As far as I know, there are still some low level tasks that .NET cannot do, but in this instance I know it can be done, because I’ve seen Microsoft Office and Windows File Explorer waking up a sleeping drive. I know that a lot of things can cause the red X to appear on a drive in Windows File Explorer, what is not evident or exposed to .NET, is how Microsoft apps some how ‘wakes up’ the sleeping drive.
And this is not those cases where you don’t have permission, or the server path has changed etc., this is the ongoing issue, where it worked fine a few hours ago, and now it’s disconnected. Not only that, printing is affected and so is access to a SQL Server instance. Ie: the NIC itself has gone to sleep, because of some power saving setting. (And yes I know, one could disable all the green settings, but what’s the point of having them if they don’t work well with non MS applications.)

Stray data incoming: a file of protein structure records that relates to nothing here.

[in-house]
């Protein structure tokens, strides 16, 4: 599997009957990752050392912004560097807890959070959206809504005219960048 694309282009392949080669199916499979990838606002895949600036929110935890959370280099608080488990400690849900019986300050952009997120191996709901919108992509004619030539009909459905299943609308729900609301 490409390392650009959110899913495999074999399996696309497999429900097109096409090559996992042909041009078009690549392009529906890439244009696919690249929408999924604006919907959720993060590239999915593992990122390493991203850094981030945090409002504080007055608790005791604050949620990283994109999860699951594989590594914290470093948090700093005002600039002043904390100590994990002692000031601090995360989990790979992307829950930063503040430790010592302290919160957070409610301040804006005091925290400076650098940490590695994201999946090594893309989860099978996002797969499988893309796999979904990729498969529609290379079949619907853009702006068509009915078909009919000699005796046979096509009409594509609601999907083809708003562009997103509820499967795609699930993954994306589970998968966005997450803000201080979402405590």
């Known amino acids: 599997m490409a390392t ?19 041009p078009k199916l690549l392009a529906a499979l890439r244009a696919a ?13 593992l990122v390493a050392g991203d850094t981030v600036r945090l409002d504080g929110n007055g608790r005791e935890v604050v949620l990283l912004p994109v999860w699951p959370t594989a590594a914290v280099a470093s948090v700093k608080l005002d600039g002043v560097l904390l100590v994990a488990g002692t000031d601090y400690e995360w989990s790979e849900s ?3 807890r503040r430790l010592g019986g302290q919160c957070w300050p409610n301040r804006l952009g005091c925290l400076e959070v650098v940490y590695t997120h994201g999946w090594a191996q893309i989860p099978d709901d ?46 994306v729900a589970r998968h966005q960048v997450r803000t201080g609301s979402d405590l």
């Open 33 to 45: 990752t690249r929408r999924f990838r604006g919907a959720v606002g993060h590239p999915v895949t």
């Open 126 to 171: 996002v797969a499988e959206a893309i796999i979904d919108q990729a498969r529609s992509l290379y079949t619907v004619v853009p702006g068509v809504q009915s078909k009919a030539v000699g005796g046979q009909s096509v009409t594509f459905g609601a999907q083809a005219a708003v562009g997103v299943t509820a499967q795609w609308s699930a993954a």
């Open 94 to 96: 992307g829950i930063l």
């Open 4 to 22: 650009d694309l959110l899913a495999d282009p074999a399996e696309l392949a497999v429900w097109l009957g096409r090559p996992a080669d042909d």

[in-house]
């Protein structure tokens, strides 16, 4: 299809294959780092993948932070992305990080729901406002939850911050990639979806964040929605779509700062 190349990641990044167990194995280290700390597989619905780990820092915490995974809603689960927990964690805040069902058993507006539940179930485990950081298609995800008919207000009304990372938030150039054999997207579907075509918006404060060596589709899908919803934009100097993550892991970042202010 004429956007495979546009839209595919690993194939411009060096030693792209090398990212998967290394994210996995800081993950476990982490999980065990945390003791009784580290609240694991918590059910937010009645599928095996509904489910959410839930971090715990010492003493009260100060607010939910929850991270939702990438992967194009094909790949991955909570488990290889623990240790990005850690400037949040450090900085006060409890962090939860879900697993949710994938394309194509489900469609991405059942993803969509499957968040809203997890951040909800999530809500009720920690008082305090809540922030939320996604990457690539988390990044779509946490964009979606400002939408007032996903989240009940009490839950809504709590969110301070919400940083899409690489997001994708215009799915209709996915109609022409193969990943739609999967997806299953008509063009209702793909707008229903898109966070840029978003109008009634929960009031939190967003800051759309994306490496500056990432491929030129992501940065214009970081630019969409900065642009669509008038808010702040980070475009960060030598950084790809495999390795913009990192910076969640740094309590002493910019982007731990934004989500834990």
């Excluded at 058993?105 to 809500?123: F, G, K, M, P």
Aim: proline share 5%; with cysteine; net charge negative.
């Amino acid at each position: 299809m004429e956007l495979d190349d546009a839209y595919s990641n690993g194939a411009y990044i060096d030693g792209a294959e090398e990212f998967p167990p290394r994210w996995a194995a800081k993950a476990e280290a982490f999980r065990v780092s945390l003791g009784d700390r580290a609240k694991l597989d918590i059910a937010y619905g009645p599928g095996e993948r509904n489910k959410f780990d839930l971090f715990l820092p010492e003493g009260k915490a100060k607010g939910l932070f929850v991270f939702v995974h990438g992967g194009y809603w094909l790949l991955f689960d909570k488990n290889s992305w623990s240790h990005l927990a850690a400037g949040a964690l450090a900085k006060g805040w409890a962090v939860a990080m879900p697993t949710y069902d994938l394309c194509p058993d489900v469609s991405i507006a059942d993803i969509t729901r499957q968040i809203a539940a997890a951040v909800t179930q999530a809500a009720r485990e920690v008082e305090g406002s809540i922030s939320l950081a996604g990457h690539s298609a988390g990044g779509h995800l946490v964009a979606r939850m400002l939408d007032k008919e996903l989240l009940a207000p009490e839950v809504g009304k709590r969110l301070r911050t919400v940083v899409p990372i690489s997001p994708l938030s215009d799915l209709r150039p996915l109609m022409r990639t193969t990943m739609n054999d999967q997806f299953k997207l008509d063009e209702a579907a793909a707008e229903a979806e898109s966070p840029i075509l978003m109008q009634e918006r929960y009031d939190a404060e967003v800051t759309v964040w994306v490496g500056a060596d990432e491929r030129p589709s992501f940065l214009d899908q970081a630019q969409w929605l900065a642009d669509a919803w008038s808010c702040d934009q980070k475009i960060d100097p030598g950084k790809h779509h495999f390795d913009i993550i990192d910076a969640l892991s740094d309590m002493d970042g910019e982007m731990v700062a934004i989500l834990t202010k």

This issue has been around for a very long time and so far there is no resolution.
The closest I can get is this Windows API call: WNetRestoreConnectionW (now depreciated) and System.Net.NetworkInterface.OperationalStatus == 5 (Dormant), assuming I have the right network interface for the mapped drive. Or …NetworkInterface.GetIsNetworkAvailable(), or DriveInfo.IsReady. Or an exception when using sleepy network drive.
So there are plenty of ways to determine if a Network, and whether it’s available or not, but there is nothing like this (yet):
var sDrive = new DriveInfo(“s”);
if (!sDrive.DriveType == DriveType.Network && sDrive.IsReady())
var networkInterface == sDrive.GetNetworkInterface();
if (!networkInterface.GetIsNetworkAvailable() || networkInterface.OperationalStatus == OperationalStatus.Dormant)
Someone at Microsoft has developed a fix, but it hasn’t made it to .NET yet.